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Our History

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In 2018, Paul Gordon and David Pinckney began a conversation about how small, rural churches in New England could lead the way in the planting of more small, rural churches. We knew the need because we live here and we felt God calling us to partner with other regional pastors who shared our heart for New England. 

We began by inviting several other New England churches to pray and consider joining us in this work. Among our earliest convictions was that those who know best how to plant and resource churches for the long-haul in rural New England are those who were already serving in these places. Yet, for many small-town New England churches, resources are limited and the idea of multiplying and planting alone is daunting. So we knew we needed to invite those who may not be here in New England but wanted to invest in this mission field to financially support our “indigeous” mission work.

After 18 months of dreaming, envisioning, and building; the Village Green Collective was created. Each of the 8 founding members have been critically involved in the design and identity of the Village Green Collective. Then, in January of 2022, we formally launched our collective and will be planting our first church in Henniker, NH in the fall of 2022 together.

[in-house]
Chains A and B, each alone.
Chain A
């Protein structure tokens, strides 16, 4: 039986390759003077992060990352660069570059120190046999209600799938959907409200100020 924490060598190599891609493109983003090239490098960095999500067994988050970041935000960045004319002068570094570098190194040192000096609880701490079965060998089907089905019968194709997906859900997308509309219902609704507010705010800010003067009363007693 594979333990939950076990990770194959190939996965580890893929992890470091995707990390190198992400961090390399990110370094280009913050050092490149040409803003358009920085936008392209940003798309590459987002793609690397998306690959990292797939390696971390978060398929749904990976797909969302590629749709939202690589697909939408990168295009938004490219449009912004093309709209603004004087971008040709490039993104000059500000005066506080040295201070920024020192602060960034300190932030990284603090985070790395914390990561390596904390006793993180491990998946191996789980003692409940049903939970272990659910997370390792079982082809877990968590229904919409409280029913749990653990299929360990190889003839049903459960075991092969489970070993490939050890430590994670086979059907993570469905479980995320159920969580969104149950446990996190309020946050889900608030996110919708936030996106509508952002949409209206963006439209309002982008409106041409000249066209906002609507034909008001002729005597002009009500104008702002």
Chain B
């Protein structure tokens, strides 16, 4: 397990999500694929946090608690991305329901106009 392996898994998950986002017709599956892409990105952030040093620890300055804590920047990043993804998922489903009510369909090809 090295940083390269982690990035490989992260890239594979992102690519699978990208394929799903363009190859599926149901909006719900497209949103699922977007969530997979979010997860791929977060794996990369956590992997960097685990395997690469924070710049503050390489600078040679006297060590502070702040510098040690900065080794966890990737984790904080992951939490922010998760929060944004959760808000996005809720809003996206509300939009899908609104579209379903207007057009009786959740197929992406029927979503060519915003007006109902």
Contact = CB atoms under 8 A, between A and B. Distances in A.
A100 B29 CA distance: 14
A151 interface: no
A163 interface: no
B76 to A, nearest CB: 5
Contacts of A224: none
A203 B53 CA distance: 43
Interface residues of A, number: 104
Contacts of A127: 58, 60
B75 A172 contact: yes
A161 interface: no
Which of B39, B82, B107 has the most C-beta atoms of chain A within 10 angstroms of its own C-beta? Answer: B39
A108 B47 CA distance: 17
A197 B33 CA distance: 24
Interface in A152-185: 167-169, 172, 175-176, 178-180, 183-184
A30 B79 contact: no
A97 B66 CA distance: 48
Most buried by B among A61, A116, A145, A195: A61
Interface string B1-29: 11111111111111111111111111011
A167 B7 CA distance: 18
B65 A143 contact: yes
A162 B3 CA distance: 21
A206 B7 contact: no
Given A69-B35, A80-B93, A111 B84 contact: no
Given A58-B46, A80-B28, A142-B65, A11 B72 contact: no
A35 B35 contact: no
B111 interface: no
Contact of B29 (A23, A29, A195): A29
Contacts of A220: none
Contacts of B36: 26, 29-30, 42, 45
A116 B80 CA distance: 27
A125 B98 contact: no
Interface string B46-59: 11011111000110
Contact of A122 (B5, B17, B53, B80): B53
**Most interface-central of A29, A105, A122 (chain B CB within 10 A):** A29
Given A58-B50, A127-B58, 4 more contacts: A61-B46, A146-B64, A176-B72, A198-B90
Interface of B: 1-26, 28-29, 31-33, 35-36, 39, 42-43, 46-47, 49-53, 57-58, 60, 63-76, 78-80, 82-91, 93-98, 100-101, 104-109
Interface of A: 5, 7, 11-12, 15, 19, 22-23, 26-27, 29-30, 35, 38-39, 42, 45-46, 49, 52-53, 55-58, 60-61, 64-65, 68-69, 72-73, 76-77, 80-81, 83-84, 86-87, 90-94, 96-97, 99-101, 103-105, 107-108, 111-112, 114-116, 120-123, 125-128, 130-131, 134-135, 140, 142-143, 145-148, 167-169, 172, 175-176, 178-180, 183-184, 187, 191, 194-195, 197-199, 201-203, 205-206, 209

Our commitment to each other is rooted in our shared brotherhood that we believe will encourage faithful endurance in ministry and our shared calling to strive for gospel fruitfulness through planting more small-town New England churches, together.

Our Name


The Village Green is emblematic of New England towns. Often, village greens were the center of the community and the location of the town hall, the general store, the schoolhouse, and the church. 

The village green typifies the kind of community-engaged, missional churches we want to be and aim to plant: not on the outskirts of town waiting for people to find us, but rather at the center of the community living among and serving people with the gospel of Jesus.

The term “village” nods to our distinctively small-town emphasis. The word “collective” speaks to our distinctive approach of cultivating a deeply-committed brotherhood and planting churches together. 


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